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What is new for international data transfers?

28 Sep 2021

Following the decision in the Schrems II case in July 2020, the EU’s Standard Contractual Clauses (SCC) have been subject to review both in the EU and in the UK.

New EU Standard Contractual Clauses

The European Commission has released a new set of SCCs to cover the transfer of personal data from the EU to “third countries” such as the US.  These new SCCs will repeal and replace the existing SCCs which date from 2001, 2004 and 2010.

The new SCCs reflect the GDPR requirements and place significant obligations on data importers, particularly importers acting as controllers. They also include the Article 28 GDPR processor terms, addressing a gap in the existing SCCs.

The new SCCs are drafted on a modular basis allowing for the following types transfers (the last two of which were not covered by the existing SCCs):

  • controller-to-controller
  • controller-to-processor
  • processor-to-processor
  • processor-to-controller.

The new SCCs should be used for any new transfers from the EU and EU businesses relying on the existing SCCs should replace them with the new version by the end of 2022. However, UK businesses should continue to use the old SCCs until the new IDTA / UK SCC Addendum (referred to below) comes into force because the UK was no longer in the EU when the new SCCs were adopted.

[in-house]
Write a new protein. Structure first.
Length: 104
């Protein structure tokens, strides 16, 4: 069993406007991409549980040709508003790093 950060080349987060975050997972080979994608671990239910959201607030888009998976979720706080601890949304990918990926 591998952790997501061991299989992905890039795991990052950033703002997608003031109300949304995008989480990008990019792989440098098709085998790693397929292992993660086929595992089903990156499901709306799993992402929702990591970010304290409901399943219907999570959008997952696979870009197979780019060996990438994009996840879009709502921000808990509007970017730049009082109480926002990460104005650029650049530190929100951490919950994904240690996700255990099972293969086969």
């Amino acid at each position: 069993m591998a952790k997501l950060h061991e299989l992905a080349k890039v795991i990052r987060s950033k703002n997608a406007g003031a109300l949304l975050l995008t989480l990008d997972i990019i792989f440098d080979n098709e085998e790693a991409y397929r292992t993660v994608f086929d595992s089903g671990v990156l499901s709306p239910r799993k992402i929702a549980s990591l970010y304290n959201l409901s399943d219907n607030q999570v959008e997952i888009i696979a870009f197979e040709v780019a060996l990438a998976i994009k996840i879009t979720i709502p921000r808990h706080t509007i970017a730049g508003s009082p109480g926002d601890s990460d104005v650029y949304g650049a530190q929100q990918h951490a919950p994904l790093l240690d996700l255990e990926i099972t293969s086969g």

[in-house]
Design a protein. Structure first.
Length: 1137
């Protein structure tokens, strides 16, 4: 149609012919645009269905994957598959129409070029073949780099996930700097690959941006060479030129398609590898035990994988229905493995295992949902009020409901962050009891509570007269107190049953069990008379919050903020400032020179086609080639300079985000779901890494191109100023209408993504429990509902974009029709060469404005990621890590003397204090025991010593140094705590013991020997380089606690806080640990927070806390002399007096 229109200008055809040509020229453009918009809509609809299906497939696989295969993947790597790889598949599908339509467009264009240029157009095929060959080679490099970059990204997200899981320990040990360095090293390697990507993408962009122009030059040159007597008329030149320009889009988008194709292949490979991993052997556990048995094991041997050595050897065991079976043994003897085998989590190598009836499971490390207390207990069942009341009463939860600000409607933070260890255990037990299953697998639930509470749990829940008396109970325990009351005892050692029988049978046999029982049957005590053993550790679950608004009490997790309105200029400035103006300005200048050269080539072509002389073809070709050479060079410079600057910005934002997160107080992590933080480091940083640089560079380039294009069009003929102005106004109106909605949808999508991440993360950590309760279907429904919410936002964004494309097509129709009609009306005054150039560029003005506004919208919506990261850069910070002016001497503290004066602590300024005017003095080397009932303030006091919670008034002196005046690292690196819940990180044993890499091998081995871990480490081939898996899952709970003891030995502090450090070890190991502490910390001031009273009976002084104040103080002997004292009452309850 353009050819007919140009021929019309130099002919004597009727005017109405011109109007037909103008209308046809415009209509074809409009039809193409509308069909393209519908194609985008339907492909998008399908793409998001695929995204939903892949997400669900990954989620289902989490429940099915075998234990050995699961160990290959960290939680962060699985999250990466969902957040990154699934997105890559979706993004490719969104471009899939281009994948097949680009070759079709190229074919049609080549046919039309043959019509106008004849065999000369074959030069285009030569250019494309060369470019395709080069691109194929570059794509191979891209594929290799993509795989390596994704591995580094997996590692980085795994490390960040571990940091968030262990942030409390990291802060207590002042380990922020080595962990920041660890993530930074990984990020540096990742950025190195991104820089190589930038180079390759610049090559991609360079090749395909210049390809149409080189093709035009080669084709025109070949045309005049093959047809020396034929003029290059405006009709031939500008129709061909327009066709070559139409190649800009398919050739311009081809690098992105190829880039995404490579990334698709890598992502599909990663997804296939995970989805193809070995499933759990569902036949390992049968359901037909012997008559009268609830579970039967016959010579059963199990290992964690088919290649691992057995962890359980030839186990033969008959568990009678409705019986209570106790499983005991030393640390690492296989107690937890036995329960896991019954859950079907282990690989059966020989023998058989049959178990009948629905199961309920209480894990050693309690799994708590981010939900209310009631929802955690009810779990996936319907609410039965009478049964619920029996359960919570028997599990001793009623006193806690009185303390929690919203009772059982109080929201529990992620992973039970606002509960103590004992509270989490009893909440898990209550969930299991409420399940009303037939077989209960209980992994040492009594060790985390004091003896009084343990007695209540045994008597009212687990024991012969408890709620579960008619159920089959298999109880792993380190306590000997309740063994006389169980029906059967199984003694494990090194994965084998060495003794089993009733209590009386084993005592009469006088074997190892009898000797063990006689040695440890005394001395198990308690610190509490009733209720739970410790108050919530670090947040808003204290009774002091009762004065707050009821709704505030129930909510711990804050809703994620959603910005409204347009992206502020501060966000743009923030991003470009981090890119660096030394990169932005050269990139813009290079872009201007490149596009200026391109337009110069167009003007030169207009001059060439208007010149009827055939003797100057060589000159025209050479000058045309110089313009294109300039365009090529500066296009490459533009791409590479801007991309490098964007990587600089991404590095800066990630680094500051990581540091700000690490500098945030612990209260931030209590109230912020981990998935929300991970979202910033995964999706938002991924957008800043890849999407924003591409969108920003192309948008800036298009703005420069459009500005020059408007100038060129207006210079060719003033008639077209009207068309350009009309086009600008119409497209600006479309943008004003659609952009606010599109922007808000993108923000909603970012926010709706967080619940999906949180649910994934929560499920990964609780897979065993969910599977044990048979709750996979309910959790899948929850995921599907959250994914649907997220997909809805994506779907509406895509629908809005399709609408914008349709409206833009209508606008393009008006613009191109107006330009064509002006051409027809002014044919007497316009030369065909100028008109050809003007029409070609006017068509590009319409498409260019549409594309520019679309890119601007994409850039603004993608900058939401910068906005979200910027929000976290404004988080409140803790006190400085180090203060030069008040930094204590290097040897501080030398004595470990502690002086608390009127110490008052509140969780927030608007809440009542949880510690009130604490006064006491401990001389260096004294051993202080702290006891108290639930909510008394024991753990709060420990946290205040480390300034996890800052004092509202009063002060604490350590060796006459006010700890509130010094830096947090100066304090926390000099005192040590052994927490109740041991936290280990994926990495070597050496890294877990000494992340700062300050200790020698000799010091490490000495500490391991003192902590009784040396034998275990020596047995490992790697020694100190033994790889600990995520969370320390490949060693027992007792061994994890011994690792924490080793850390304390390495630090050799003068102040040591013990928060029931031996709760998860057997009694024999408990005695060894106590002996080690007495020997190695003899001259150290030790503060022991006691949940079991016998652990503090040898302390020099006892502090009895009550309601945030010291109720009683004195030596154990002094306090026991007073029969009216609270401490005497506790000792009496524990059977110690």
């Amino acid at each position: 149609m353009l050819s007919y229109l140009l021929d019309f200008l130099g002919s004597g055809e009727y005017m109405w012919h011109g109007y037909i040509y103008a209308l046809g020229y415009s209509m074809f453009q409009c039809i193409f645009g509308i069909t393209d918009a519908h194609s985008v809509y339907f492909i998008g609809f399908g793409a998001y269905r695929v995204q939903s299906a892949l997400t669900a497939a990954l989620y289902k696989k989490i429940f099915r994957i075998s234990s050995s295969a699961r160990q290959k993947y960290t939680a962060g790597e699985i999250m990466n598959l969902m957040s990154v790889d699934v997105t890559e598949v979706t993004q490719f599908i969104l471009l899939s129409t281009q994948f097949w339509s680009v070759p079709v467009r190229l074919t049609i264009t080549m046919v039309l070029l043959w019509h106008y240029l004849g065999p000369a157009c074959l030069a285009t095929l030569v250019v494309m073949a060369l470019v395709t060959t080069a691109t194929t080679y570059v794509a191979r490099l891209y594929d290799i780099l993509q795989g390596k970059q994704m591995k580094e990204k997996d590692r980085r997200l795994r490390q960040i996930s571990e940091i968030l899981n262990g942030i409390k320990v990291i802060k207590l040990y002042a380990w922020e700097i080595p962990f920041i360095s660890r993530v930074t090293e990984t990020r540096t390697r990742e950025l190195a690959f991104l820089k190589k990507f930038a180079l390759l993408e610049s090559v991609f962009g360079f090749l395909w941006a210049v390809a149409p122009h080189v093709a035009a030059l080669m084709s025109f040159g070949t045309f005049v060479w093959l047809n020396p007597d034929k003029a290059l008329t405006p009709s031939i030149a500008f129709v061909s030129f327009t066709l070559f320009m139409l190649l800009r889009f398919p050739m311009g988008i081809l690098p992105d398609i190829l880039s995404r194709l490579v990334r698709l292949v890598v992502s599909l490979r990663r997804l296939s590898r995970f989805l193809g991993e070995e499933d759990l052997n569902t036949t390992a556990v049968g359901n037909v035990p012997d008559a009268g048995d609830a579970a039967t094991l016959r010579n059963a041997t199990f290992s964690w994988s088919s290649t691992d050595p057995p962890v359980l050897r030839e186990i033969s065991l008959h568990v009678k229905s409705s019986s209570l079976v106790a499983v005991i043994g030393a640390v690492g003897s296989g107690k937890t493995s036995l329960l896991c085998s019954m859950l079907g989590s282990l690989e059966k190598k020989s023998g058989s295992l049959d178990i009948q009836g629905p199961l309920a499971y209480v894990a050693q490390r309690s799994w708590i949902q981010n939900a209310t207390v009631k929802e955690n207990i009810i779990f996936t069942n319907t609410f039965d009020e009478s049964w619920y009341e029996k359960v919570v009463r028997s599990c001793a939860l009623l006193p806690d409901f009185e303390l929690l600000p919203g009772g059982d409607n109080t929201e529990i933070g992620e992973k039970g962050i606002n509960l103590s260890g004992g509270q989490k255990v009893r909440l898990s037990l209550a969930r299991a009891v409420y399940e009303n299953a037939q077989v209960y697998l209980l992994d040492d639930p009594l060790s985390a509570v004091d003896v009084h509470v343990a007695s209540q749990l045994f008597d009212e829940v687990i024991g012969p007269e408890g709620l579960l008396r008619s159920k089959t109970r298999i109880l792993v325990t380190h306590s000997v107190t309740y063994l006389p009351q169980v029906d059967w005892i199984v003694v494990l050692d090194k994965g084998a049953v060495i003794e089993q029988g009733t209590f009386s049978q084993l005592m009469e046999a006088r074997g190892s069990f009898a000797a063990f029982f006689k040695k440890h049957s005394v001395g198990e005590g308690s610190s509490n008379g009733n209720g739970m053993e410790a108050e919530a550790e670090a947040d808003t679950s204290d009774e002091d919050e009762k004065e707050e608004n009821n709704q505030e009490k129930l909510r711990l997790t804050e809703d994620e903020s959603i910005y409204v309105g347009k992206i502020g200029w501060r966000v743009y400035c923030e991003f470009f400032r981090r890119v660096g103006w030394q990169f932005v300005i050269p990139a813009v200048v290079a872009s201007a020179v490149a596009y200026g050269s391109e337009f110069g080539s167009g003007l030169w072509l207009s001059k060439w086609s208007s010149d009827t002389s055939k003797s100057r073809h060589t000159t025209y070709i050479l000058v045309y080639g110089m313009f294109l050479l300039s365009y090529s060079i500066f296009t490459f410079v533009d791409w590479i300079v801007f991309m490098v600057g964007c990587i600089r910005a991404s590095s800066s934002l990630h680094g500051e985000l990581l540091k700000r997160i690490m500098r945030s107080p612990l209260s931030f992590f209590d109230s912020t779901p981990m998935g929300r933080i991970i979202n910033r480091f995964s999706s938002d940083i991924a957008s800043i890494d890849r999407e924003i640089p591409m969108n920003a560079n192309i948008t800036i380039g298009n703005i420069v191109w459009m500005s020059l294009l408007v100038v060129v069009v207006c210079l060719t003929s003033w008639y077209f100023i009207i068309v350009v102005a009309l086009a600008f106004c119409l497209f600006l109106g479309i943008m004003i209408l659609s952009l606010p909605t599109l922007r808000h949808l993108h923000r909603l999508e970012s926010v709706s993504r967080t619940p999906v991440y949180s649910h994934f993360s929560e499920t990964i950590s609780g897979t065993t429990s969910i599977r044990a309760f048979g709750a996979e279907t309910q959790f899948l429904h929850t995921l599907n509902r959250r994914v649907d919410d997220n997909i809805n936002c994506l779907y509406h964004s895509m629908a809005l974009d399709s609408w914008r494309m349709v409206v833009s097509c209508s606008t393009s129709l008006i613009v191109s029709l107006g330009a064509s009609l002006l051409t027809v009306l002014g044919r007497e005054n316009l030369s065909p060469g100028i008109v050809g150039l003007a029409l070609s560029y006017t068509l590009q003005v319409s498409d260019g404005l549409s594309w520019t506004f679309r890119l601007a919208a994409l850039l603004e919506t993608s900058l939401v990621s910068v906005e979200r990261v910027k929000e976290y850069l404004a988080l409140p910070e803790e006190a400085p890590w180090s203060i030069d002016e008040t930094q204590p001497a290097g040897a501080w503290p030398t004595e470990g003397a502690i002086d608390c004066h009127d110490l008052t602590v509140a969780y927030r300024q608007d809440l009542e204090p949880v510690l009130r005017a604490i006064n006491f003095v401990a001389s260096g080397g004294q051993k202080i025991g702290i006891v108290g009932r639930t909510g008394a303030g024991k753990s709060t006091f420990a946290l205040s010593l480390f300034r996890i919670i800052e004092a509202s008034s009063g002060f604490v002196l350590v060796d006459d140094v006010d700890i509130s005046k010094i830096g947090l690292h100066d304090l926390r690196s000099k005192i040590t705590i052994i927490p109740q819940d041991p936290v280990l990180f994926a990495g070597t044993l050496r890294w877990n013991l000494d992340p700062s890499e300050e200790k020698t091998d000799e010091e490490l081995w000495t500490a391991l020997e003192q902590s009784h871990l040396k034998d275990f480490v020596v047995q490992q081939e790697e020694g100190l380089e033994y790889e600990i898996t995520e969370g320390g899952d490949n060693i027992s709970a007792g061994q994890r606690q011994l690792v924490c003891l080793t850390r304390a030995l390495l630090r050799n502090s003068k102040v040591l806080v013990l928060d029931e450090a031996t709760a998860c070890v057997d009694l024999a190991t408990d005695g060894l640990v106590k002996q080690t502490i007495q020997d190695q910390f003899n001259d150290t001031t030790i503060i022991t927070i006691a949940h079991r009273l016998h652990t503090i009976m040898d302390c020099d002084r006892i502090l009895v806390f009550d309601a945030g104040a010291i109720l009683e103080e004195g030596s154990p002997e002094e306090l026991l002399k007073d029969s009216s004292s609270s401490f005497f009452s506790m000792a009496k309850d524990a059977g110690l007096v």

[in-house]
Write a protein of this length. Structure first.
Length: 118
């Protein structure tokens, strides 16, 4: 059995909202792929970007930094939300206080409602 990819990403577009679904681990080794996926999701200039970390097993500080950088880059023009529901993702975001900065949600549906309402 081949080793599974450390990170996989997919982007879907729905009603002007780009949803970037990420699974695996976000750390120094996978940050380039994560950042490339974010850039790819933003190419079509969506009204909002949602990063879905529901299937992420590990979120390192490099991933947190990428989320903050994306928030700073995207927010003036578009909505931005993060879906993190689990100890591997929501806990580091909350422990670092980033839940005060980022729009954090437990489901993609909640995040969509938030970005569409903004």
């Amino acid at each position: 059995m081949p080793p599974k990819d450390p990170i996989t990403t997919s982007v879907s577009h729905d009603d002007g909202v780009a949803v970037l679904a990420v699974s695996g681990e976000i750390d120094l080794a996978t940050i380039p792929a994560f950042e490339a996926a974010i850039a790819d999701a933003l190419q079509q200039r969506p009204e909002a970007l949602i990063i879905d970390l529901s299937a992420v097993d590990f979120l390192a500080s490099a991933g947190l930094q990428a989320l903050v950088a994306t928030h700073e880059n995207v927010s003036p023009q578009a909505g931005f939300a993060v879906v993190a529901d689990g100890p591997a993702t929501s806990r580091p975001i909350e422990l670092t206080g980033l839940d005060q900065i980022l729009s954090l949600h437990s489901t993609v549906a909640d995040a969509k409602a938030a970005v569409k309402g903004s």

UK International Data Transfer Agreement

Following the release of the new EU SCCs,  the Information Commissioner’s Office (ICO) has produced a draft set of UK-specific standard contractual clauses for restricted transfers from the UK. These UK SCCs are being referred to by the ICO as the international data transfer agreement (IDTA) and the ICO has launched a public consultation on the IDTA and related guidance. This consultation covers the following three aspects:

  • Proposal and plans for updates to guidance on international transfers.
  • Transfer risk assessments.
  • The IDTA.

The consultation will remain open until 5pm on 7 October 2021.

The IDTA can be used for many different transfer situations. In addition to allowing for the four transfer situations covered by the EU’s new SSCs as set out above, the IDTA also allows for transfers to other processors or controllers who may be unconnected (provided that this is on the instruction of the controller).

The IDTA is drafted using a ‘plain English’ approach and is divided into four parts:

  • Part one – Tables: including the parties, transfer details and signatures.
  • Part two – Extra Protection Clauses: This contains optional space for extra protection clauses to be added if the Transfer Risk Assessment identifies that additional measures are needed.
  • Part three – Commercial Clauses: This contains optional space for commercial clauses if the IDTA is not accompanied by a separate commercial agreement.
  • Part four – Mandatory Clauses: This contains the mandatory clauses and is the main body of the document.